My co-worker/casual friend asked me to tell her if her new deodorant had failed, but I could not find the words to tell her when it did so, though I am an honest person who generally keeps her word. It is just too personal a thing to address, particularly at work. Don't make your co-worker do this.

I suggest Tom's of Maine.
posted by Riverine at 5:57 PM on January 25, 2011


I occasionally catch my wife sniffing my dirty laundry because she so loves my smell. She would probably rather I didn't use deodorant. And that would be a terrible idea because the rest of the world would find me stinky.

In other words, don't trust her on this subject.
posted by Forktine at 6:10 PM on January 25, 2011


I had an ex who didn't wear deodorant. I spent many a night curled up on his shoulder. I loved the way he smelled, but at the same time, I can look back and know that he kinda stunk. Pheremones are funny like that.

Nthing that your wife isn't a good judge of this.
posted by mollymayhem at 6:51 PM on January 25, 2011 [1 favorite]


My husband often tells me he thinks I smell lovely when I know damn well that I am utterly disgusting. As far as I can tell, he very rarely gets stinky. I have known other people who didn't either. But yeah, I would mistrust it. I am a fan of deodorant.
posted by Because at 7:47 PM on January 25, 2011


Hmm. I had no idea so many people wanted to experiment with the no deodorant concept. Just never occurred to me to be an option. Having said that, I still think there is a good chance your wife can be a good judge of your smell. I am not sure why you want to try this experiment, but on the rare occasion I have run out of deodorant or forget to bring it on a trip, I have used baby powder and that seemed to do the trick. Finally, I think when you say bathing daily, the time of daily makes a difference. I think in the morning would be much better than in the evening before bed.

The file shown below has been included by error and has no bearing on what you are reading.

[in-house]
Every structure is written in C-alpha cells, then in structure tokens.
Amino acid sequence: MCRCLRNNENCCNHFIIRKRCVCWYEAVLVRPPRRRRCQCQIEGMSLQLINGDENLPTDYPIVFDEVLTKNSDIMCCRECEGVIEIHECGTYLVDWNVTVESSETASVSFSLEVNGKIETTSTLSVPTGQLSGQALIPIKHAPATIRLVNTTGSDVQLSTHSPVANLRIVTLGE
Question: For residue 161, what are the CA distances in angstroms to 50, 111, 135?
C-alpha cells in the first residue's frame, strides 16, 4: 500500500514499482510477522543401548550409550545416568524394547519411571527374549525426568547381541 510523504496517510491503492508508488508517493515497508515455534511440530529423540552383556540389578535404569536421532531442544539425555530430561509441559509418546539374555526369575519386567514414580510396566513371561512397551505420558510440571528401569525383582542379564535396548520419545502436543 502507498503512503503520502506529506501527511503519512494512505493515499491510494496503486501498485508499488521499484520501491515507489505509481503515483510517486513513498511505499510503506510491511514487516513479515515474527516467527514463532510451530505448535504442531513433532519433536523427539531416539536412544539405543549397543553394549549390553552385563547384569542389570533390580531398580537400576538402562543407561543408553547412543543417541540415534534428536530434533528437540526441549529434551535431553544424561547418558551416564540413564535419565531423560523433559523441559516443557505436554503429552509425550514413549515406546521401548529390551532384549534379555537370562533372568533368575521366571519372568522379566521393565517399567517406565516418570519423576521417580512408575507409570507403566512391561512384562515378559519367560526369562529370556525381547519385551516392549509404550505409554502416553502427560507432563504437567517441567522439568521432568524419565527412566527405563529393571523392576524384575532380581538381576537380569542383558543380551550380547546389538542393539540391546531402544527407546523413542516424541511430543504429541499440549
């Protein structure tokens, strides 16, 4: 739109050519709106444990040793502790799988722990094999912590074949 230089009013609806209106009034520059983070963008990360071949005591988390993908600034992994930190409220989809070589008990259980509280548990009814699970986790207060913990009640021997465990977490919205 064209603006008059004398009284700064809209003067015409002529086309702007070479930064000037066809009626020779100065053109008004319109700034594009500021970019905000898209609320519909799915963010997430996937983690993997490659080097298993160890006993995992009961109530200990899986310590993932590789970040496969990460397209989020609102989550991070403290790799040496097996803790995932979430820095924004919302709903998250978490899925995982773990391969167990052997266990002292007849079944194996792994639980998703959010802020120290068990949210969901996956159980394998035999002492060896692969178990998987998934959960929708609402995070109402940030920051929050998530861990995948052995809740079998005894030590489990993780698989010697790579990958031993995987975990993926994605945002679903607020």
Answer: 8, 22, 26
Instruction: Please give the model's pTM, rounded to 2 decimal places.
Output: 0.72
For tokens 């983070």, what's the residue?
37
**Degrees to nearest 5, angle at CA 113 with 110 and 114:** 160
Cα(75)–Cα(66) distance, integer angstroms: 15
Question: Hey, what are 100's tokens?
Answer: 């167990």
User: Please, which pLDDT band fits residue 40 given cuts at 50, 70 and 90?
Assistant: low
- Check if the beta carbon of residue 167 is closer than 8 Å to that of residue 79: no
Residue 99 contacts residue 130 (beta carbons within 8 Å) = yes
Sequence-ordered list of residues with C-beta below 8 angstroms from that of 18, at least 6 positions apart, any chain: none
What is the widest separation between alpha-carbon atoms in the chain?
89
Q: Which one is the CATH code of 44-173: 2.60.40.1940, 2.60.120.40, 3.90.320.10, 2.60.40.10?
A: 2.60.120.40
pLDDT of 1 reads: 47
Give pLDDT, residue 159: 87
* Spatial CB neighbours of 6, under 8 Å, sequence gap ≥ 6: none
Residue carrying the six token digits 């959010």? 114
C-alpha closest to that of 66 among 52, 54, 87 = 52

posted by AugustWest at 9:00 PM on January 25, 2011


I occasionally catch my wife sniffing my dirty laundry because she so loves my smell. She would probably rather I didn't use deodorant. And that would be a terrible idea because the rest of the world would find me stinky.

But you do use deodorant, though, that's probably why she likes it. In general if I'm liking the smell of a dude's shirt, its the smell of sweat that's mixed with deodorant smell. In other words, its there, but not in an overwhelming quantity and mixed with something that smells good. Unadulterated BO is a way different thing. People who don't use it are rough to be around. I know it's your body and stuff, but deodorant is more for the benefit of those around you.
posted by GastrocNemesis at 10:20 PM on January 25, 2011


I wouldn't trust your partner on whether you smell or not. If you need a happy medium between deodorant/not, Dr. Mist is amazing (I know the website looks a little weird, but trust me, this stuff is good - it somehow works magic). I stopped wearing anti-perspirant quite a long time ago, and though it took a little while for my sweat production to chill out, I'm happier without anti-perspirant and using Dr. Mist instead - no white marks and less perspiration. No one has complained or backed away from me thus far.
posted by analog at 5:31 AM on January 26, 2011